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History of the Mini

The original Mini, built from 1959 to 2000, owns a whole cupboard-full of records that could fill many pages. Here’s just a selection:





  The largest production total of any British car, at 5.4 million

The longest production run of any mass produced British car at 41 years

The greatest number of different derivatives, factory built worldwide, of any British model - we haven’t actually counted them, but can you think of anything else that has had saloons, estates, convertibles, vans, pick ups, Mokes, warmed-up (Cooper), hotted-up (Cooper S) and superheated (ERA Turbo) versions, extended-boot luxury versions, extended-nose fashion versions, and even glass-fibre bodied versions (built in Chile and later Venezuela) ?

The greatest number of different kit cars and low production ‘specials’ based on the Mini subframes and running gear. We haven’t counted those either, but we’re confident that even the VW Beetle doesn’t come close.




Not everyone likes the 1969-80 ‘extended nose’ Mini Clubman and 1275GT models, but they appealed to enough people to help lift overall Mini sales to their all-time peak in 1971, when nearly 320,000 Minis of all kinds were sold worldwide. Total Clubman saloon, estate and 1275GT production over 11 years reached nearly two thirds of a million.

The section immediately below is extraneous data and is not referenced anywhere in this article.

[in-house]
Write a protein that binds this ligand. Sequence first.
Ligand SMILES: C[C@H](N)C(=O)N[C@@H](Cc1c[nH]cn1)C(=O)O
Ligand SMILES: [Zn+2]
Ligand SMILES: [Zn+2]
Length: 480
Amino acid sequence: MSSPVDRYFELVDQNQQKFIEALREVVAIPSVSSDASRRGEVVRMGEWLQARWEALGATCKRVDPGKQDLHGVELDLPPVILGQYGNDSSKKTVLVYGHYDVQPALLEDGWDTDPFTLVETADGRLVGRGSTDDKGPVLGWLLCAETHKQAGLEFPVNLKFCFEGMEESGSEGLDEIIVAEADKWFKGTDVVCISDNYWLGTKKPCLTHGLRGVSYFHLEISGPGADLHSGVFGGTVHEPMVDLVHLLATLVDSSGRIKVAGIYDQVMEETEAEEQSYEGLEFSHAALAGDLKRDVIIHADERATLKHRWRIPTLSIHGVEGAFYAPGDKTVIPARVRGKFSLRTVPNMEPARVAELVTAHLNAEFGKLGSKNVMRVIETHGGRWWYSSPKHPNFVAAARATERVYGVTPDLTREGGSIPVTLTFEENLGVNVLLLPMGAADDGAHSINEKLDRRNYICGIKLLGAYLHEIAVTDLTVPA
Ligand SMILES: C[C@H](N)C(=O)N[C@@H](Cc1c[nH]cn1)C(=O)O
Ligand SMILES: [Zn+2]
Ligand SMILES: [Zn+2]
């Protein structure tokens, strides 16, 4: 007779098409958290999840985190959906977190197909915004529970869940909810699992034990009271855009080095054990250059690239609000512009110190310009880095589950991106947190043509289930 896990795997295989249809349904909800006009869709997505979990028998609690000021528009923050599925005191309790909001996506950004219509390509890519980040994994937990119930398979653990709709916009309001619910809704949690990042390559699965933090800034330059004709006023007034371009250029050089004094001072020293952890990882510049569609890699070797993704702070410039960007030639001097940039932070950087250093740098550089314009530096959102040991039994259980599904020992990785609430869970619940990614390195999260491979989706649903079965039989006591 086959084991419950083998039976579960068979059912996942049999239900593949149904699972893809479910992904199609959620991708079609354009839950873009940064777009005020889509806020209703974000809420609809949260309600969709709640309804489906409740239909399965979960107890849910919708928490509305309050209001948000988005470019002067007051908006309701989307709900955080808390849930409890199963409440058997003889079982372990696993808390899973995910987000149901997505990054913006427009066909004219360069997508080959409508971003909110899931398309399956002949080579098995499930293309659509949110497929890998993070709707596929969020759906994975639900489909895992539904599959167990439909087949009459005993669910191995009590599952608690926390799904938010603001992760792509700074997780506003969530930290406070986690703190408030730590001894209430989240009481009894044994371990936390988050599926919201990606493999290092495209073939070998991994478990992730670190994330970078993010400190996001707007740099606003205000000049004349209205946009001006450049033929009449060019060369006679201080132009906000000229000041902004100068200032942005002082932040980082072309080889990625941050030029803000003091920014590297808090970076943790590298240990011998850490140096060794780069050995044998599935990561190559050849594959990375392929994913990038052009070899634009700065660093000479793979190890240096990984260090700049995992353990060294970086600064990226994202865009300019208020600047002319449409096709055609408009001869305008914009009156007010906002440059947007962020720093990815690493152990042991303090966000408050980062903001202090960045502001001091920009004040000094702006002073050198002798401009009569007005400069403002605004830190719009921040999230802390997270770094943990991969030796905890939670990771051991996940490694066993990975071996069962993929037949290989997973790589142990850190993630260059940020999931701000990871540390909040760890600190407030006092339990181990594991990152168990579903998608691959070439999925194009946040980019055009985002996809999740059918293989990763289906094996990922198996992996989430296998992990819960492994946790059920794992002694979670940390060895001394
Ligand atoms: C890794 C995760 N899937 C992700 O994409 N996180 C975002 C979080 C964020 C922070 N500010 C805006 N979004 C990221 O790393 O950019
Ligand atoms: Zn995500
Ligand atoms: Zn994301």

It could be said that the Mini had the longest ‘run-out’ period of any car in history. Sir Alec Issigonis had intended to replace it with his ‘9X’ hatchback design in around 1969, but BMC couldn’t, and then BLMC wouldn’t fund the investment. During the 1970s, various projects such as ADO 74 and ADO88 were designed to replace Mini, but even when ADO88 had finally evolved into LC8 (1980 Metro), no-one could actually bring themselves to stop Mini production. A termination date of 1982 was set, then postponed - and so it went on, and on. It was thought that safety and emissions legislation would prevent Mini from continuing at various times, but a way was always found. This effectively meant that Mini lived on ‘Death Row’ for a large part of its long life, being reprieved periodically. At any one time, there was therefore relatively little perceived incentive to develop it. Ironically, this is what helped to make it a classic, because the basic design purity was maintained - the last cars still being very obviously related to the 1959 original. (Although the bodyshell did change quite substantially after the MkI, with very few of the panels actually being interchangeable). Some of the most intensive development went on towards the very end of its life, with such things as multi-point fuel injection, airbags, front-mounted radiators and some amazing trim and option upgrades. Sir Alec Issigonis would have been astonished to see one of the last models for the Japanese market, with air conditioning and automatic transmission as standard - there wasn’t a single spare cubic centimetre under the bonnet !